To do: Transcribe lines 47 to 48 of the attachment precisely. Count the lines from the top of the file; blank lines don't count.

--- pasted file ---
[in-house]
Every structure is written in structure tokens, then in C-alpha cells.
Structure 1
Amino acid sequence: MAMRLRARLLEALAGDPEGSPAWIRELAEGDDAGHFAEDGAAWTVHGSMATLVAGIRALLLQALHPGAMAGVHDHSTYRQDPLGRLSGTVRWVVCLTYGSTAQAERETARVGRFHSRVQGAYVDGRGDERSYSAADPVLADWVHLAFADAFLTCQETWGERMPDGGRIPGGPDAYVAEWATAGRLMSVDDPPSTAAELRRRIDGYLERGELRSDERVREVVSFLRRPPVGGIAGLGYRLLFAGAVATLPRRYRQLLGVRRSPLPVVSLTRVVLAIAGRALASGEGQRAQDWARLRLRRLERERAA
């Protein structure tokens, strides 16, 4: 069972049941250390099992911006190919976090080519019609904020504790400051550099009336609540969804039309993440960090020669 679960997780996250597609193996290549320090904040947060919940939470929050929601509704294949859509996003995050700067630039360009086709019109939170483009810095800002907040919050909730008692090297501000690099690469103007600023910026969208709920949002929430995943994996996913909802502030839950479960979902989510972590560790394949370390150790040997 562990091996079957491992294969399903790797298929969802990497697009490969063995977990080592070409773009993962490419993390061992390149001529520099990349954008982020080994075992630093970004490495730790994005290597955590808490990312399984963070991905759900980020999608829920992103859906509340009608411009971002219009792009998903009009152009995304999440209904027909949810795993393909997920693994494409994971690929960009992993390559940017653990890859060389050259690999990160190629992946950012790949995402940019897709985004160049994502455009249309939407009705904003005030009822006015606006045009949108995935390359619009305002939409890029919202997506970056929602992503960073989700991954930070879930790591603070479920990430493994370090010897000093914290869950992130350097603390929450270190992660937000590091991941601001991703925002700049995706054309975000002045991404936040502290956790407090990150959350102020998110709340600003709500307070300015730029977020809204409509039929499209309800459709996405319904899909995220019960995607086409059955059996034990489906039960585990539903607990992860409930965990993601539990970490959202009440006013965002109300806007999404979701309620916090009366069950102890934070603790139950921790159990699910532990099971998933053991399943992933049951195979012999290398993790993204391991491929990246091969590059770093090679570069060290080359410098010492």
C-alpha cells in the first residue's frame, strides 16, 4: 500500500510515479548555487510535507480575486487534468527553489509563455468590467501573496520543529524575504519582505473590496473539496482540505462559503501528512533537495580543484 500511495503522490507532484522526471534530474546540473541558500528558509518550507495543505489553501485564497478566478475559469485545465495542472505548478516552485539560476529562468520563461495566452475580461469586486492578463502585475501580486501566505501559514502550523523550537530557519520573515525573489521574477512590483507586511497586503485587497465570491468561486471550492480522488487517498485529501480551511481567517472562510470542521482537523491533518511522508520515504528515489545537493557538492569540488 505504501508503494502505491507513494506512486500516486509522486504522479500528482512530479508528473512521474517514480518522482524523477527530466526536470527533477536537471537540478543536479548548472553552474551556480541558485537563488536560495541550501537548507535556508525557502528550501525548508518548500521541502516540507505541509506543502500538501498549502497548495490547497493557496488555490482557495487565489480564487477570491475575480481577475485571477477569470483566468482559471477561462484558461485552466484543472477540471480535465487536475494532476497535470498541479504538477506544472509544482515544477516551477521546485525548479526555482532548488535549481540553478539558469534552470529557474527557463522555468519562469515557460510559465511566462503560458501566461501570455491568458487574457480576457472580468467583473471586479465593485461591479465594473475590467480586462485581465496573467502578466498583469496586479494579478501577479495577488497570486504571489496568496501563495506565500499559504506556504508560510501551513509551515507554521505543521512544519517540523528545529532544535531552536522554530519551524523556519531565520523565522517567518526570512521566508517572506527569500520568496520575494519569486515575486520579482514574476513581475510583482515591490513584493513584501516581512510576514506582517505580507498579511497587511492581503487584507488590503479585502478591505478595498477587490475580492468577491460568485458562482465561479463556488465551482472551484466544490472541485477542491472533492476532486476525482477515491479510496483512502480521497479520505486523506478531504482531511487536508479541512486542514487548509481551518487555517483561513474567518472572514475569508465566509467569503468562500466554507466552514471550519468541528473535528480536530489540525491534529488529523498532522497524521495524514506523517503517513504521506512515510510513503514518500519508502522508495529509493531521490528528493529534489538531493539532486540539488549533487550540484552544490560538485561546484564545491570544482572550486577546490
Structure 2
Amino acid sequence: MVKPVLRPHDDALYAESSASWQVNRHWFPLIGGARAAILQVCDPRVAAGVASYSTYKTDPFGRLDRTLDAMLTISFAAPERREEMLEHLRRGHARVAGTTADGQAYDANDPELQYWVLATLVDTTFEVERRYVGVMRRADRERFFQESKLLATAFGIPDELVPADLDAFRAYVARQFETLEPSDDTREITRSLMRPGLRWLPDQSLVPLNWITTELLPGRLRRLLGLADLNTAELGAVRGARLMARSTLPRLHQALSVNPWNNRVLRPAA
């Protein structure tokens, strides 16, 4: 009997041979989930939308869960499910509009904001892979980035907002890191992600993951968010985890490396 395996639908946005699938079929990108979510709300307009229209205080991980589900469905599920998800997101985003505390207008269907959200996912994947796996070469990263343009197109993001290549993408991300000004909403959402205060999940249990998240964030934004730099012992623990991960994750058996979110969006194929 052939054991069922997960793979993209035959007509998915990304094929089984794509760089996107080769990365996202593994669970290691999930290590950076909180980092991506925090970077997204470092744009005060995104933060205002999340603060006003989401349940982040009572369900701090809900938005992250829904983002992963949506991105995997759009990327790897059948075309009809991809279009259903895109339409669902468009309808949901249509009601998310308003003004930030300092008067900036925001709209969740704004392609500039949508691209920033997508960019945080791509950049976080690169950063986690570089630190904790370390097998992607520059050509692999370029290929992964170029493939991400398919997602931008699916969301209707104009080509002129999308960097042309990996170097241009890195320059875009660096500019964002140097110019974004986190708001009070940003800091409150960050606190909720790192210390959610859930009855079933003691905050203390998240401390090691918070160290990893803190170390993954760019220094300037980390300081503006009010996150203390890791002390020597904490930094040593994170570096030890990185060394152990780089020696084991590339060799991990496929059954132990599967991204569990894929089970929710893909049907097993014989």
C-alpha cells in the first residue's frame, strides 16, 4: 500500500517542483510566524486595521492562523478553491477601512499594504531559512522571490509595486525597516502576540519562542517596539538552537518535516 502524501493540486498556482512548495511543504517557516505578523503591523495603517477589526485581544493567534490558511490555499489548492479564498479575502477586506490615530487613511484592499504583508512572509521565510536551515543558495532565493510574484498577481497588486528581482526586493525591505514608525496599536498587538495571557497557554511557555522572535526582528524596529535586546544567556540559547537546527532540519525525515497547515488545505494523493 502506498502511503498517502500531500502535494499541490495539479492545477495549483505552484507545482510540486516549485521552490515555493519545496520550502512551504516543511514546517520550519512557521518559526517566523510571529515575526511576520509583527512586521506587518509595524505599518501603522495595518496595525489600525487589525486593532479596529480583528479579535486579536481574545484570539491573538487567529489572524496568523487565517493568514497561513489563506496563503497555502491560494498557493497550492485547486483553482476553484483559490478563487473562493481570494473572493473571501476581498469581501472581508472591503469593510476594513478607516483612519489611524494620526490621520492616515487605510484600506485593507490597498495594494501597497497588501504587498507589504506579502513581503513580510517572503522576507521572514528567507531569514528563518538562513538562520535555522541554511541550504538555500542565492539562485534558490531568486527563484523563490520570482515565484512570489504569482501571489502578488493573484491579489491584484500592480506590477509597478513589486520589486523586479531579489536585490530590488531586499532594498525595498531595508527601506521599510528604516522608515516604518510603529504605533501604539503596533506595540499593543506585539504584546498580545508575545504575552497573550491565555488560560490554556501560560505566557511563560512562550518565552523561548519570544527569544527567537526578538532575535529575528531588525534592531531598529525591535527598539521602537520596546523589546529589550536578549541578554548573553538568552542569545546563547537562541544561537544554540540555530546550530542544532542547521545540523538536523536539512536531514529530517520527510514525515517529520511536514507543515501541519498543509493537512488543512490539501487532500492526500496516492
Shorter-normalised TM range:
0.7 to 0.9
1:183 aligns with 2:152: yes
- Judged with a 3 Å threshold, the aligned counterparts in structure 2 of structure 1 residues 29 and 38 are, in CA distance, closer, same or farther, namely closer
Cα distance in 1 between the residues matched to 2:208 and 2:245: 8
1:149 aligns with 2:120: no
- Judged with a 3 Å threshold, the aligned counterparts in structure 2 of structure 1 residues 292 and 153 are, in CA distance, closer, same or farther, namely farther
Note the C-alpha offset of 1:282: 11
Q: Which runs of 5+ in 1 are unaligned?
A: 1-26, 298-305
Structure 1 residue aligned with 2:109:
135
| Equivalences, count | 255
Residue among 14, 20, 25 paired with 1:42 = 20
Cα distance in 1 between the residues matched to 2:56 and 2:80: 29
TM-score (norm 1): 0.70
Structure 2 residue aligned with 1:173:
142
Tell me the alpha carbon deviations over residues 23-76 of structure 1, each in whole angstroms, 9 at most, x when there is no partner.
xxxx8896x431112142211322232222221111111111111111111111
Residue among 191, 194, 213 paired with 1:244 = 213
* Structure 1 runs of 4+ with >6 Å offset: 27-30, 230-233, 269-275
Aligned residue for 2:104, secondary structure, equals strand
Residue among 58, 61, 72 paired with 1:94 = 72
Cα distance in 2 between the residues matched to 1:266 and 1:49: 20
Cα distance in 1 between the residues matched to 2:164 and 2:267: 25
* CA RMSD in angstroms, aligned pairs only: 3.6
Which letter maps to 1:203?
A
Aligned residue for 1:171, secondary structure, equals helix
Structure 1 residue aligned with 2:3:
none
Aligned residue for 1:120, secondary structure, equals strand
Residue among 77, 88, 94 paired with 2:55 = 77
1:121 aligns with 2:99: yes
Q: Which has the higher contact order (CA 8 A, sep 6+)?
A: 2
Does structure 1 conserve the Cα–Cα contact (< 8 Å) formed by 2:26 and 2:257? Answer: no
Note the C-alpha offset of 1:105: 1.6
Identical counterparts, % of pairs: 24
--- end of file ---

A: 2
Does structure 1 conserve the Cα–Cα contact (< 8 Å) formed by 2:26 and 2:257? Answer: no